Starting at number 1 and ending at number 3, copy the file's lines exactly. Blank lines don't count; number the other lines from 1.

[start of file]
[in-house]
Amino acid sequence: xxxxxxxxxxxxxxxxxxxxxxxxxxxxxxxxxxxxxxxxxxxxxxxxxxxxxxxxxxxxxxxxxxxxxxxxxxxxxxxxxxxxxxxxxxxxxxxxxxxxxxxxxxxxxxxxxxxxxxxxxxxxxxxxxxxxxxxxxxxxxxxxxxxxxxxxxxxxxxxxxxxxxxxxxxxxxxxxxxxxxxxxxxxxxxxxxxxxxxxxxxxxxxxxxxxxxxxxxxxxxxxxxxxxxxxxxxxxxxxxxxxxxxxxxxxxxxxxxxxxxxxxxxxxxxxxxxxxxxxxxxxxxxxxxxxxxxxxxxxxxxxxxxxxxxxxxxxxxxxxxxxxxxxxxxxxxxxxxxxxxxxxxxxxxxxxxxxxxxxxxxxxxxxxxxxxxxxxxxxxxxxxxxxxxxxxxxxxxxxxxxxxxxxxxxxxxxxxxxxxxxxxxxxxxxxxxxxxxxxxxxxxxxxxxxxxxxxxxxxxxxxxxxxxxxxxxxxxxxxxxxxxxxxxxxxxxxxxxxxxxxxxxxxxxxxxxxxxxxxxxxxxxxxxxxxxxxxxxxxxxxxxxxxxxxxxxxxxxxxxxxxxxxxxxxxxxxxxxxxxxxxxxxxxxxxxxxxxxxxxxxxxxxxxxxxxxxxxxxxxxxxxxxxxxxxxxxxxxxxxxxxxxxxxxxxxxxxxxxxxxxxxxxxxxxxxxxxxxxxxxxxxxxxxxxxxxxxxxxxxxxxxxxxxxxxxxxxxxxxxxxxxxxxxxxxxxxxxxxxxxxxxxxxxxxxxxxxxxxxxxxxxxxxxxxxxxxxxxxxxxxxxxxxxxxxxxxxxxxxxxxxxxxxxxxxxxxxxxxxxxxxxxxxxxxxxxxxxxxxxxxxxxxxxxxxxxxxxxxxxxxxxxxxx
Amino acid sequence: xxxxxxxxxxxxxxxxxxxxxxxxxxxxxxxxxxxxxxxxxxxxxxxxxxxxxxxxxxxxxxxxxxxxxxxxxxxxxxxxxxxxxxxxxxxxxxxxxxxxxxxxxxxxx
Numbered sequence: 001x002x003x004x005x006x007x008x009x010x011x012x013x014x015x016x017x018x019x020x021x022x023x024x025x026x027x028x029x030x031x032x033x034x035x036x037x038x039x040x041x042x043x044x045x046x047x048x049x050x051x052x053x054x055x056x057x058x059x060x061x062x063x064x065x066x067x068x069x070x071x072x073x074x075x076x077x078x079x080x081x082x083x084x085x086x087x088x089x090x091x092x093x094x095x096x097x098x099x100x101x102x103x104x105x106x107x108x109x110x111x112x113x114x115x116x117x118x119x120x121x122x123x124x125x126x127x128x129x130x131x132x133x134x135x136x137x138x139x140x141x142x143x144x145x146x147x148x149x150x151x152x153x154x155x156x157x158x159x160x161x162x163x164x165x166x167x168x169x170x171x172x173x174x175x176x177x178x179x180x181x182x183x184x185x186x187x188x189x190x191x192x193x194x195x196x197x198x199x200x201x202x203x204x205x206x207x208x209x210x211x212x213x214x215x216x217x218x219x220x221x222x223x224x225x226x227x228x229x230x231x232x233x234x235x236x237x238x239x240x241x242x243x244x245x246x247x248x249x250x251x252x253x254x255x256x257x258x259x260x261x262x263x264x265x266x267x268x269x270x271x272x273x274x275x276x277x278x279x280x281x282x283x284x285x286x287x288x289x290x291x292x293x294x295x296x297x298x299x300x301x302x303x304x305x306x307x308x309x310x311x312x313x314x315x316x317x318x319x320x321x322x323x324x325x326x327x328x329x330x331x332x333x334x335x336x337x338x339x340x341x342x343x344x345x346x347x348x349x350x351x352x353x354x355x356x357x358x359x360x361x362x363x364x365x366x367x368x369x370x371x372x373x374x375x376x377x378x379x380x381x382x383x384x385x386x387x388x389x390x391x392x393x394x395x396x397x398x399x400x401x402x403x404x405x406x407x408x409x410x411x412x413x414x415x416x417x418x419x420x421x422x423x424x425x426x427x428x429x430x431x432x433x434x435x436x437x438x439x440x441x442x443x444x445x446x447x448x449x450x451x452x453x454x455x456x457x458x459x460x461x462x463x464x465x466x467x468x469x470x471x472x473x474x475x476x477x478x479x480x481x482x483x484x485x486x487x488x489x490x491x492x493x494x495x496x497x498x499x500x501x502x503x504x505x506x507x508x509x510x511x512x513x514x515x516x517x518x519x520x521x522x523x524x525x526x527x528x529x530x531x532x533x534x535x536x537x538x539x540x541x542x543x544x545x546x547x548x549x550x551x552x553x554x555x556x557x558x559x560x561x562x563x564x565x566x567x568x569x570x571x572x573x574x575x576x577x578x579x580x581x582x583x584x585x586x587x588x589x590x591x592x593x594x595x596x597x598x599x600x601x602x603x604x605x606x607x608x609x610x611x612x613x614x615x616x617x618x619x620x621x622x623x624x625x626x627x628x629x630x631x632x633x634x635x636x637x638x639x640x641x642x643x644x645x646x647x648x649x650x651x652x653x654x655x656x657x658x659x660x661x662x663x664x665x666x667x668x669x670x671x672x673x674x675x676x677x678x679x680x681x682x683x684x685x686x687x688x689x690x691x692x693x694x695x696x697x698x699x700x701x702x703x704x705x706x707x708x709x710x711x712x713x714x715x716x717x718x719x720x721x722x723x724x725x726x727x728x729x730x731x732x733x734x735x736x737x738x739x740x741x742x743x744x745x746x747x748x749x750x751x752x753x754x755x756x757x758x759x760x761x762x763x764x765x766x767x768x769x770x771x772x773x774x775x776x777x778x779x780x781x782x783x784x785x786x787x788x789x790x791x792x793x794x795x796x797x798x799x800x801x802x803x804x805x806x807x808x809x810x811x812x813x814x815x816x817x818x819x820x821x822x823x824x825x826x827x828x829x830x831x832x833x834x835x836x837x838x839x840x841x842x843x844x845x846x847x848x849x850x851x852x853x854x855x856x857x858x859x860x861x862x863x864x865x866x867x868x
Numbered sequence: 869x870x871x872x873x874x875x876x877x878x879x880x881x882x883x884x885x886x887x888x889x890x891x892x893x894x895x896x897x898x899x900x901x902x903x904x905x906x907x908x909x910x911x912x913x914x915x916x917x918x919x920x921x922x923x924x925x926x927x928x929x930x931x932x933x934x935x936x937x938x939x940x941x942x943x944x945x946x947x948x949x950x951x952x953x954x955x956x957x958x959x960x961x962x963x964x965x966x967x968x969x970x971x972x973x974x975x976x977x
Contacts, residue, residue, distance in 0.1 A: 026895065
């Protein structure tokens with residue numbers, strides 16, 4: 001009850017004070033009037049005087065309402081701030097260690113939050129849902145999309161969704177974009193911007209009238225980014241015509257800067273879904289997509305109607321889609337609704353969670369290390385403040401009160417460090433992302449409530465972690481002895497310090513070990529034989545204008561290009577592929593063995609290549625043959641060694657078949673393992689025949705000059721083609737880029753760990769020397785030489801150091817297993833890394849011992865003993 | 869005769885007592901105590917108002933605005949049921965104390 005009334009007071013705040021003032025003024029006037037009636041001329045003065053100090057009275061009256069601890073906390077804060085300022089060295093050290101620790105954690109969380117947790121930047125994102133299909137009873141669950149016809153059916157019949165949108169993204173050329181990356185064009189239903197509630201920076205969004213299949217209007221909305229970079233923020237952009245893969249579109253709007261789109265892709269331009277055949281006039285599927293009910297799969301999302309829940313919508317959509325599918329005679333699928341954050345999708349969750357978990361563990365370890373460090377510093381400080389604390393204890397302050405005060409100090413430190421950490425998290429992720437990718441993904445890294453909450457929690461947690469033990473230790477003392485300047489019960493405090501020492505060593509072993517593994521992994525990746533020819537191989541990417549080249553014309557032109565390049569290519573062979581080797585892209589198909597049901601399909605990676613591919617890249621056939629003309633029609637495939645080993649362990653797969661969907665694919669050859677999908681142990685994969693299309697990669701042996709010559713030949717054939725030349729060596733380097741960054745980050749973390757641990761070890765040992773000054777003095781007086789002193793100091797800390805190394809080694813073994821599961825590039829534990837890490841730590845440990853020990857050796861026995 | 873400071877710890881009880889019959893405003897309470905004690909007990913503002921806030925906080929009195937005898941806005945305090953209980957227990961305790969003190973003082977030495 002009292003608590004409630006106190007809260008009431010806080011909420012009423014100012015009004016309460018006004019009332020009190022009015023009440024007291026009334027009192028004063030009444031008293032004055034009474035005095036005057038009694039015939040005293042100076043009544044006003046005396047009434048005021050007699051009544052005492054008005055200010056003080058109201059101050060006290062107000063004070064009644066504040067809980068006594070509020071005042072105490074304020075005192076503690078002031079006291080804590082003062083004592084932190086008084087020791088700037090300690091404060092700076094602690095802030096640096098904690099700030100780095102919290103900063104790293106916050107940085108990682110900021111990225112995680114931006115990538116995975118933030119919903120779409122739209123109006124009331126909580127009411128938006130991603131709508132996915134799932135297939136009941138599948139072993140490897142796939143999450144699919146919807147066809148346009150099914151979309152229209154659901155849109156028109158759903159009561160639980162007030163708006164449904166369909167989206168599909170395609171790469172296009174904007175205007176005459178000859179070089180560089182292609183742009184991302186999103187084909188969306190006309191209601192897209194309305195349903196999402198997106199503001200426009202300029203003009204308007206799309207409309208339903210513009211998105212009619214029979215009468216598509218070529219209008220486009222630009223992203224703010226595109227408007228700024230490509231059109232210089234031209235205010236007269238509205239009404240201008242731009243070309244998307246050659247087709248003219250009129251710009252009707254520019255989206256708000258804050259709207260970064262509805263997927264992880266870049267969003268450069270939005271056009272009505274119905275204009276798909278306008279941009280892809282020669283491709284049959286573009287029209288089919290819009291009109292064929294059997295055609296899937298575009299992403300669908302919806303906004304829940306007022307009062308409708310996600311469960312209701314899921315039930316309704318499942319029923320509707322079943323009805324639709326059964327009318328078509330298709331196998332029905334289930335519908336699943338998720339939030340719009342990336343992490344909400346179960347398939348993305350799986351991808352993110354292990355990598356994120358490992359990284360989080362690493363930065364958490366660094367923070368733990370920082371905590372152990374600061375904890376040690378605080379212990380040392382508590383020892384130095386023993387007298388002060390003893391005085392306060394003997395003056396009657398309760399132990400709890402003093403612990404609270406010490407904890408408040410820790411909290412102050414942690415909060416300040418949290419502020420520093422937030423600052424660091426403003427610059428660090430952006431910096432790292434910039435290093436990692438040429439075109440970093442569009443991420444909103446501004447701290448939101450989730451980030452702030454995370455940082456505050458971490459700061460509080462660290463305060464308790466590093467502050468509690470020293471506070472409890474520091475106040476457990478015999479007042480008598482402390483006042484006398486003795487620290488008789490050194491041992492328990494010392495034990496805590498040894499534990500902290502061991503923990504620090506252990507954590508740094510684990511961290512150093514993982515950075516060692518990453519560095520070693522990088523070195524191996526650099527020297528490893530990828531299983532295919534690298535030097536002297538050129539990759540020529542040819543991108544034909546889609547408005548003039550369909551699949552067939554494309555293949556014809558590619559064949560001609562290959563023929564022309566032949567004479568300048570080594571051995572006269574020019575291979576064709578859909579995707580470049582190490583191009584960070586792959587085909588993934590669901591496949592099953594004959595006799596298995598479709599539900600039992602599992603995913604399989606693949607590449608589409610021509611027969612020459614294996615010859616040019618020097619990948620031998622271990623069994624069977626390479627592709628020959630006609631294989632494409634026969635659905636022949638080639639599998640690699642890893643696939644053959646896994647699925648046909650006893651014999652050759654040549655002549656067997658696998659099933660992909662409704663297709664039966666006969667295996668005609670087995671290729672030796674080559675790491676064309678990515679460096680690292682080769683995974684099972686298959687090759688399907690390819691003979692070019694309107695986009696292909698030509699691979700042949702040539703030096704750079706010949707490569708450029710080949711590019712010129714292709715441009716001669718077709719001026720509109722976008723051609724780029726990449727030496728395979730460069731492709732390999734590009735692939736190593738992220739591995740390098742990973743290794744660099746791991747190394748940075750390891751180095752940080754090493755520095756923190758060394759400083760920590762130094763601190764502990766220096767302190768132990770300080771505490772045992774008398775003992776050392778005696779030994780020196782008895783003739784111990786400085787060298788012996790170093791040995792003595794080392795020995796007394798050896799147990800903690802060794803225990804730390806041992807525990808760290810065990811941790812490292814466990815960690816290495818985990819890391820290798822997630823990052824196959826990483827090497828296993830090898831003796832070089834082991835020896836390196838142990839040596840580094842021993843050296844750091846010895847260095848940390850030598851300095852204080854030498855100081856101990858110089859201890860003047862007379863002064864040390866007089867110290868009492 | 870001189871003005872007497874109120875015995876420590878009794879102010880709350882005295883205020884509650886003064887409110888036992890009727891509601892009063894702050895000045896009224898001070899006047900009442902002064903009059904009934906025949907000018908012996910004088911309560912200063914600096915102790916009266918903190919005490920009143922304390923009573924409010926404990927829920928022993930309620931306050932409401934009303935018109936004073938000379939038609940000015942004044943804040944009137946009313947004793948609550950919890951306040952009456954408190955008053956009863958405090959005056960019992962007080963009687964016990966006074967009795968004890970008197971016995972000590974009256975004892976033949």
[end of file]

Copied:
[in-house]
Amino acid sequence: xxxxxxxxxxxxxxxxxxxxxxxxxxxxxxxxxxxxxxxxxxxxxxxxxxxxxxxxxxxxxxxxxxxxxxxxxxxxxxxxxxxxxxxxxxxxxxxxxxxxxxxxxxxxxxxxxxxxxxxxxxxxxxxxxxxxxxxxxxxxxxxxxxxxxxxxxxxxxxxxxxxxxxxxxxxxxxxxxxxxxxxxxxxxxxxxxxxxxxxxxxxxxxxxxxxxxxxxxxxxxxxxxxxxxxxxxxxxxxxxxxxxxxxxxxxxxxxxxxxxxxxxxxxxxxxxxxxxxxxxxxxxxxxxxxxxxxxxxxxxxxxxxxxxxxxxxxxxxxxxxxxxxxxxxxxxxxxxxxxxxxxxxxxxxxxxxxxxxxxxxxxxxxxxxxxxxxxxxxxxxxxxxxxxxxxxxxxxxxxxxxxxxxxxxxxxxxxxxxxxxxxxxxxxxxxxxxxxxxxxxxxxxxxxxxxxxxxxxxxxxxxxxxxxxxxxxxxxxxxxxxxxxxxxxxxxxxxxxxxxxxxxxxxxxxxxxxxxxxxxxxxxxxxxxxxxxxxxxxxxxxxxxxxxxxxxxxxxxxxxxxxxxxxxxxxxxxxxxxxxxxxxxxxxxxxxxxxxxxxxxxxxxxxxxxxxxxxxxxxxxxxxxxxxxxxxxxxxxxxxxxxxxxxxxxxxxxxxxxxxxxxxxxxxxxxxxxxxxxxxxxxxxxxxxxxxxxxxxxxxxxxxxxxxxxxxxxxxxxxxxxxxxxxxxxxxxxxxxxxxxxxxxxxxxxxxxxxxxxxxxxxxxxxxxxxxxxxxxxxxxxxxxxxxxxxxxxxxxxxxxxxxxxxxxxxxxxxxxxxxxxxxxxxxxxxxxxxxxxxxxxxxxxxxxxxxxxxxxxxxxxxxxxxx
Amino acid sequence: xxxxxxxxxxxxxxxxxxxxxxxxxxxxxxxxxxxxxxxxxxxxxxxxxxxxxxxxxxxxxxxxxxxxxxxxxxxxxxxxxxxxxxxxxxxxxxxxxxxxxxxxxxxxx